I love reading books about waste, so it should come as no surprise that I recently picked up a copy of Adam Minter’s Junkyard Planet: Travels in the Billion-Dollar Trash Trade at the library.
In my head, when I saw the word “junkyard” I was thinking “landfill” but it’s not about that at all. This is about junkyards in the old fashioned sense of the word–junk to someone but valuable resources to someone else–and would be more appropriately named Scrapyard Planet.
The book begins with a bold statement:
[I]f what you toss into your recycling bin can be used in some way, the international scrap recycling business will manage to deliver it to the person or company who can do so most profitably.
The author Minter was raised with a junkyard as the family business and for many years afterwards reported on the scrap business in China, so he may be a bit biased. But he knows his stuff and elaborates on how even something like a broken strand of Christmas lights, which no one here would think of as more than trash, really does have value. In Shinjiao, a.k.a. the Christmas Tree Light Recycling Capital of the World, the copper is extracted from the strands for reuse and even the plastic can be salvaged when it is worth enough. So much depends on the current market.
If you’ve ever wanted to know what happens to your recycling, read this book. It explains why it’s usually cheaper (and possibly greener) to ship recycling to China rather than doing so locally, and also why many Chinese villages are eager for this kind of business despite the inherent health and environmental problems. Plus, there are several happy highlights where what could be recycled is actually salvaged and reused instead, saving the costs of remanufacturing something into the same exact thing.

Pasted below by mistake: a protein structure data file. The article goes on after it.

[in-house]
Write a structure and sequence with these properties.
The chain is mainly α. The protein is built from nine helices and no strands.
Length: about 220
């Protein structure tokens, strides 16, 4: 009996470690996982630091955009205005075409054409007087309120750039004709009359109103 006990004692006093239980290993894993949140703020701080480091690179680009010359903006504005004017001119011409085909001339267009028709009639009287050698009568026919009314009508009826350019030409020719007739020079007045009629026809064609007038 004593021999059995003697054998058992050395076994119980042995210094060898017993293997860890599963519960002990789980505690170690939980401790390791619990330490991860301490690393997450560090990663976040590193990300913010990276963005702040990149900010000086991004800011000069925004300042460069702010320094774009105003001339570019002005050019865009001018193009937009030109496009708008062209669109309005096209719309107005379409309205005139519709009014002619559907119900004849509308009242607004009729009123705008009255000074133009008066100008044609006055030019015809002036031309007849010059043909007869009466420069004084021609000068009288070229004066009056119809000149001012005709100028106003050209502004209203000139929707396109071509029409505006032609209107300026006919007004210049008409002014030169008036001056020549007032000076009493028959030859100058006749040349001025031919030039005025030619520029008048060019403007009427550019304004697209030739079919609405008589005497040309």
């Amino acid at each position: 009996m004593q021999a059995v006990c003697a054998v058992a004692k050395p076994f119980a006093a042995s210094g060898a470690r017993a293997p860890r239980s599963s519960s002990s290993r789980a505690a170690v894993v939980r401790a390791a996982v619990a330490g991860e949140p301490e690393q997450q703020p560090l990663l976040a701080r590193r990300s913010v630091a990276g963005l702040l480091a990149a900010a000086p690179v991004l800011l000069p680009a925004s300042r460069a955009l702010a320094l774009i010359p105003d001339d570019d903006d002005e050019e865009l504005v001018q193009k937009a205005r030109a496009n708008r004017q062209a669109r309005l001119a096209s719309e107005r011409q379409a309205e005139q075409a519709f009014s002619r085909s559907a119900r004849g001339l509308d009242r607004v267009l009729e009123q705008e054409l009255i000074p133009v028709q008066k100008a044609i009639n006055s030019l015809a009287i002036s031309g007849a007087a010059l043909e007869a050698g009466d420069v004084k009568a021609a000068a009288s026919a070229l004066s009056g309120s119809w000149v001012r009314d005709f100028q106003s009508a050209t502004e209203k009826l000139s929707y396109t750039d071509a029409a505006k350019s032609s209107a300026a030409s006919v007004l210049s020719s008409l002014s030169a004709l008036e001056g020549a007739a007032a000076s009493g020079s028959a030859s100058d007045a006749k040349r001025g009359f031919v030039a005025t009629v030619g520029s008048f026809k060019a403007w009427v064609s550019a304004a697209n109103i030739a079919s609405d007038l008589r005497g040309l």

One of the most shocking parts for me, though, was how cell phones don’t get reused if they’re more than a few years old, even if they’re in good condition. In many cases the chips and other parts can still be salvaged, but no one wants a dated phone these days. It must have been just my wishful thinking that assumed only Americans were like that.
Minter himself realizes that reuse is superior to recycling and not just because you can make more money off of it (although that helps). In the closing section he even goes so far as to promote reducing, the first of the 3 R’s:
Above all, though, I encourage people to think about what it means to recycle, and make smart choices as a consumer before you buy that thing you’ll eventually toss out. Recycling is a morally complicated act.
After reading this, I’m glad I skipped this Christmas lights this year. It would be nice to do something to decorate, but it’ll have to be with materials that are easily reusable or recyclable. Things that I can fix myself if they break. Using your creativity grows your creativity. Although if I come across a soda can laying on the ground, that’s definitely going straight in the bin. Recycled beats new any day.